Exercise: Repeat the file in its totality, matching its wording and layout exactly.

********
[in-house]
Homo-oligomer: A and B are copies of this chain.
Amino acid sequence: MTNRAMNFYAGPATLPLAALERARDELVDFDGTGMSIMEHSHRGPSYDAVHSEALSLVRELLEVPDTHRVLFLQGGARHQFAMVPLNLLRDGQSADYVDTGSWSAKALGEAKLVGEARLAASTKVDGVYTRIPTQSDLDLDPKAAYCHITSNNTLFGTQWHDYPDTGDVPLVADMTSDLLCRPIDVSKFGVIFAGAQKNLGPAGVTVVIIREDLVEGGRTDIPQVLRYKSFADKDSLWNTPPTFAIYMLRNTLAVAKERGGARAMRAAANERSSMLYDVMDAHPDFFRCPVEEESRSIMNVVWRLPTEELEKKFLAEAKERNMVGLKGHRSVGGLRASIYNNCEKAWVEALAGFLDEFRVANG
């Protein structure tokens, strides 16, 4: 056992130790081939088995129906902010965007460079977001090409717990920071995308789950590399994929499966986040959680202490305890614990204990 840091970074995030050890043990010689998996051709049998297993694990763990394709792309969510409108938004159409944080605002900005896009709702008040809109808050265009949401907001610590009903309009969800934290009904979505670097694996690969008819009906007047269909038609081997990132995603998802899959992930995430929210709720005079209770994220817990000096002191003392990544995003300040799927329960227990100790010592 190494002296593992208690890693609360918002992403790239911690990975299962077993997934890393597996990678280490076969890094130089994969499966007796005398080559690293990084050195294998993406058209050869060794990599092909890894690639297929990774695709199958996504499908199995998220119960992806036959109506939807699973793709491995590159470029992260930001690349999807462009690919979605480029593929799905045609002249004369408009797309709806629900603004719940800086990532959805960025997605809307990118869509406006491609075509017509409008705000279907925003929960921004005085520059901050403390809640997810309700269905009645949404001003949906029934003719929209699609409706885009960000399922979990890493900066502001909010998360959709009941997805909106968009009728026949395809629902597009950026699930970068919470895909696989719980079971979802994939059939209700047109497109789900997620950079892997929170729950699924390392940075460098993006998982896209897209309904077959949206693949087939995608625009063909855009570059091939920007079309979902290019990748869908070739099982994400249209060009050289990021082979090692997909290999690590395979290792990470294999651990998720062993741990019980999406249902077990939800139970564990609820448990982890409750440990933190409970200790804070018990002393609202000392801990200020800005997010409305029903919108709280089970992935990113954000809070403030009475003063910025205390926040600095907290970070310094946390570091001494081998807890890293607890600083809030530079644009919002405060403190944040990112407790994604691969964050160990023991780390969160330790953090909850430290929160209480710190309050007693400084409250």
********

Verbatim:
[in-house]
Homo-oligomer: A and B are copies of this chain.
Amino acid sequence: MTNRAMNFYAGPATLPLAALERARDELVDFDGTGMSIMEHSHRGPSYDAVHSEALSLVRELLEVPDTHRVLFLQGGARHQFAMVPLNLLRDGQSADYVDTGSWSAKALGEAKLVGEARLAASTKVDGVYTRIPTQSDLDLDPKAAYCHITSNNTLFGTQWHDYPDTGDVPLVADMTSDLLCRPIDVSKFGVIFAGAQKNLGPAGVTVVIIREDLVEGGRTDIPQVLRYKSFADKDSLWNTPPTFAIYMLRNTLAVAKERGGARAMRAAANERSSMLYDVMDAHPDFFRCPVEEESRSIMNVVWRLPTEELEKKFLAEAKERNMVGLKGHRSVGGLRASIYNNCEKAWVEALAGFLDEFRVANG
């Protein structure tokens, strides 16, 4: 056992130790081939088995129906902010965007460079977001090409717990920071995308789950590399994929499966986040959680202490305890614990204990 840091970074995030050890043990010689998996051709049998297993694990763990394709792309969510409108938004159409944080605002900005896009709702008040809109808050265009949401907001610590009903309009969800934290009904979505670097694996690969008819009906007047269909038609081997990132995603998802899959992930995430929210709720005079209770994220817990000096002191003392990544995003300040799927329960227990100790010592 190494002296593992208690890693609360918002992403790239911690990975299962077993997934890393597996990678280490076969890094130089994969499966007796005398080559690293990084050195294998993406058209050869060794990599092909890894690639297929990774695709199958996504499908199995998220119960992806036959109506939807699973793709491995590159470029992260930001690349999807462009690919979605480029593929799905045609002249004369408009797309709806629900603004719940800086990532959805960025997605809307990118869509406006491609075509017509409008705000279907925003929960921004005085520059901050403390809640997810309700269905009645949404001003949906029934003719929209699609409706885009960000399922979990890493900066502001909010998360959709009941997805909106968009009728026949395809629902597009950026699930970068919470895909696989719980079971979802994939059939209700047109497109789900997620950079892997929170729950699924390392940075460098993006998982896209897209309904077959949206693949087939995608625009063909855009570059091939920007079309979902290019990748869908070739099982994400249209060009050289990021082979090692997909290999690590395979290792990470294999651990998720062993741990019980999406249902077990939800139970564990609820448990982890409750440990933190409970200790804070018990002393609202000392801990200020800005997010409305029903919108709280089970992935990113954000809070403030009475003063910025205390926040600095907290970070310094946390570091001494081998807890890293607890600083809030530079644009919002405060403190944040990112407790994604691969964050160990023991780390969160330790953090909850430290929160209480710190309050007693400084409250």